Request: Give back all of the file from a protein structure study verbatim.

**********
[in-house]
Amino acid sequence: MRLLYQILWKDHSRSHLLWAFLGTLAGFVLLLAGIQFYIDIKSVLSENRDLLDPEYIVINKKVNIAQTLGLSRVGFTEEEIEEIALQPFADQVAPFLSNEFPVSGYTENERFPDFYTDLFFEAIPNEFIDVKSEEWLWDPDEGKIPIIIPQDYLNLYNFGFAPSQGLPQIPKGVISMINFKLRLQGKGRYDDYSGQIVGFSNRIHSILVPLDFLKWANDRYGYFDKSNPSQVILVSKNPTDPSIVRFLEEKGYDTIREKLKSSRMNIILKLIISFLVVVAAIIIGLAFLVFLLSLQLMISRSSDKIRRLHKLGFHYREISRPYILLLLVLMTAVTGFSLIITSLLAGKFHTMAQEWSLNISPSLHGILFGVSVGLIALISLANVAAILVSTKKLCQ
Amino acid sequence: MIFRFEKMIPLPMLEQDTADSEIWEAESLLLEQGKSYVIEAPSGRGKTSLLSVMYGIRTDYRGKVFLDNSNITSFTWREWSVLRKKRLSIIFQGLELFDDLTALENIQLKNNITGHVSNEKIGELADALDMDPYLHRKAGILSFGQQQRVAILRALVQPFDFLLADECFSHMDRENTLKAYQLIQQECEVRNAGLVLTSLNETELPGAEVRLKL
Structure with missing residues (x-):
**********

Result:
[in-house]
Amino acid sequence: MRLLYQILWKDHSRSHLLWAFLGTLAGFVLLLAGIQFYIDIKSVLSENRDLLDPEYIVINKKVNIAQTLGLSRVGFTEEEIEEIALQPFADQVAPFLSNEFPVSGYTENERFPDFYTDLFFEAIPNEFIDVKSEEWLWDPDEGKIPIIIPQDYLNLYNFGFAPSQGLPQIPKGVISMINFKLRLQGKGRYDDYSGQIVGFSNRIHSILVPLDFLKWANDRYGYFDKSNPSQVILVSKNPTDPSIVRFLEEKGYDTIREKLKSSRMNIILKLIISFLVVVAAIIIGLAFLVFLLSLQLMISRSSDKIRRLHKLGFHYREISRPYILLLLVLMTAVTGFSLIITSLLAGKFHTMAQEWSLNISPSLHGILFGVSVGLIALISLANVAAILVSTKKLCQ
Amino acid sequence: MIFRFEKMIPLPMLEQDTADSEIWEAESLLLEQGKSYVIEAPSGRGKTSLLSVMYGIRTDYRGKVFLDNSNITSFTWREWSVLRKKRLSIIFQGLELFDDLTALENIQLKNNITGHVSNEKIGELADALDMDPYLHRKAGILSFGQQQRVAILRALVQPFDFLLADECFSHMDRENTLKAYQLIQQECEVRNAGLVLTSLNETELPGAEVRLKL
Structure with missing residues (x-):